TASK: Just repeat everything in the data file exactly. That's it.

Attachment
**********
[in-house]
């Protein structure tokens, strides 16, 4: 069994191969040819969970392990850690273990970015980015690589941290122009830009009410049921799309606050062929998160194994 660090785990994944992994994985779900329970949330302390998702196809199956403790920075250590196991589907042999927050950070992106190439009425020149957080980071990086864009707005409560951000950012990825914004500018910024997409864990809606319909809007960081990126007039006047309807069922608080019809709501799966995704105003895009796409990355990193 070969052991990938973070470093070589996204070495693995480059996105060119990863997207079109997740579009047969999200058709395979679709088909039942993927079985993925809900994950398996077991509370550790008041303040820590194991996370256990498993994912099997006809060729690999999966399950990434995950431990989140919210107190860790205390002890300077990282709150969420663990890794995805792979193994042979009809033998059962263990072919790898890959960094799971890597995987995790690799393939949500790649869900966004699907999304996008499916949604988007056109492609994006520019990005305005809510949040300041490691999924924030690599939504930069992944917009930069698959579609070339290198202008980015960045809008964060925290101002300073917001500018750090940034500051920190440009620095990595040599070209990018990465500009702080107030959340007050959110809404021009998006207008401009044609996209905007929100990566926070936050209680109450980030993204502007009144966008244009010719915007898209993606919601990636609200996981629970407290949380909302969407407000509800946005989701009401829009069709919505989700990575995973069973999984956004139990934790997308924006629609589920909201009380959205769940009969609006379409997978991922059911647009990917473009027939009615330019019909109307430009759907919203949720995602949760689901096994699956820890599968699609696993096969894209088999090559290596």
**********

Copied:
[in-house]
């Protein structure tokens, strides 16, 4: 069994191969040819969970392990850690273990970015980015690589941290122009830009009410049921799309606050062929998160194994 660090785990994944992994994985779900329970949330302390998702196809199956403790920075250590196991589907042999927050950070992106190439009425020149957080980071990086864009707005409560951000950012990825914004500018910024997409864990809606319909809007960081990126007039006047309807069922608080019809709501799966995704105003895009796409990355990193 070969052991990938973070470093070589996204070495693995480059996105060119990863997207079109997740579009047969999200058709395979679709088909039942993927079985993925809900994950398996077991509370550790008041303040820590194991996370256990498993994912099997006809060729690999999966399950990434995950431990989140919210107190860790205390002890300077990282709150969420663990890794995805792979193994042979009809033998059962263990072919790898890959960094799971890597995987995790690799393939949500790649869900966004699907999304996008499916949604988007056109492609994006520019990005305005809510949040300041490691999924924030690599939504930069992944917009930069698959579609070339290198202008980015960045809008964060925290101002300073917001500018750090940034500051920190440009620095990595040599070209990018990465500009702080107030959340007050959110809404021009998006207008401009044609996209905007929100990566926070936050209680109450980030993204502007009144966008244009010719915007898209993606919601990636609200996981629970407290949380909302969407407000509800946005989701009401829009069709919505989700990575995973069973999984956004139990934790997308924006629609589920909201009380959205769940009969609006379409997978991922059911647009990917473009027939009615330019019909109307430009759907919203949720995602949760689901096994699956820890599968699609696993096969894209088999090559290596």